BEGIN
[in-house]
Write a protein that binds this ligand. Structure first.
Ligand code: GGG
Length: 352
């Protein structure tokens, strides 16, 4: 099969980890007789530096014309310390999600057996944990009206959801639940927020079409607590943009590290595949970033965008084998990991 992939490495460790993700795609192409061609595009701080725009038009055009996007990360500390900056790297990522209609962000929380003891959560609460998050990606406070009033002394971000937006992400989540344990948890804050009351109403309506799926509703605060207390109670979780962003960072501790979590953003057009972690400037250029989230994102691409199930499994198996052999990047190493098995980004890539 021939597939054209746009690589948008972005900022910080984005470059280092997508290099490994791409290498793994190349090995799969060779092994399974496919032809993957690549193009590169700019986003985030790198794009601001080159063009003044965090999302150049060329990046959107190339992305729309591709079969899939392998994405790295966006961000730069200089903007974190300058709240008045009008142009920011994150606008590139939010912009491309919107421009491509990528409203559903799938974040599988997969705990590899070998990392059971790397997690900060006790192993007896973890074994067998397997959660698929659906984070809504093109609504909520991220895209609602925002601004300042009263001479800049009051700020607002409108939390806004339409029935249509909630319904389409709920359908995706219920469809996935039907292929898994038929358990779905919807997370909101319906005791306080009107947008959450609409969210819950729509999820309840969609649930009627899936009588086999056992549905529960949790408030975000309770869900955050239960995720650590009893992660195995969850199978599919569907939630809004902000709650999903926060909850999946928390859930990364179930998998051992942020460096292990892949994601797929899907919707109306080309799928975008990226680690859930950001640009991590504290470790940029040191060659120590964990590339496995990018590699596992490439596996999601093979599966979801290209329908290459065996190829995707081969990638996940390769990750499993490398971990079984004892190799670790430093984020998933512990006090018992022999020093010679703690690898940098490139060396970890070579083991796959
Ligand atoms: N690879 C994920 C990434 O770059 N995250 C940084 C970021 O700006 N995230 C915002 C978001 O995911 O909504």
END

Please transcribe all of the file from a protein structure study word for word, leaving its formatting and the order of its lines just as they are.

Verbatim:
[in-house]
Write a protein that binds this ligand. Structure first.
Ligand code: GGG
Length: 352
């Protein structure tokens, strides 16, 4: 099969980890007789530096014309310390999600057996944990009206959801639940927020079409607590943009590290595949970033965008084998990991 992939490495460790993700795609192409061609595009701080725009038009055009996007990360500390900056790297990522209609962000929380003891959560609460998050990606406070009033002394971000937006992400989540344990948890804050009351109403309506799926509703605060207390109670979780962003960072501790979590953003057009972690400037250029989230994102691409199930499994198996052999990047190493098995980004890539 021939597939054209746009690589948008972005900022910080984005470059280092997508290099490994791409290498793994190349090995799969060779092994399974496919032809993957690549193009590169700019986003985030790198794009601001080159063009003044965090999302150049060329990046959107190339992305729309591709079969899939392998994405790295966006961000730069200089903007974190300058709240008045009008142009920011994150606008590139939010912009491309919107421009491509990528409203559903799938974040599988997969705990590899070998990392059971790397997690900060006790192993007896973890074994067998397997959660698929659906984070809504093109609504909520991220895209609602925002601004300042009263001479800049009051700020607002409108939390806004339409029935249509909630319904389409709920359908995706219920469809996935039907292929898994038929358990779905919807997370909101319906005791306080009107947008959450609409969210819950729509999820309840969609649930009627899936009588086999056992549905529960949790408030975000309770869900955050239960995720650590009893992660195995969850199978599919569907939630809004902000709650999903926060909850999946928390859930990364179930998998051992942020460096292990892949994601797929899907919707109306080309799928975008990226680690859930950001640009991590504290470790940029040191060659120590964990590339496995990018590699596992490439596996999601093979599966979801290209329908290459065996190829995707081969990638996940390769990750499993490398971990079984004892190799670790430093984020998933512990006090018992022999020093010679703690690898940098490139060396970890070579083991796959
Ligand atoms: N690879 C994920 C990434 O770059 N995250 C940084 C970021 O700006 N995230 C915002 C978001 O995911 O909504």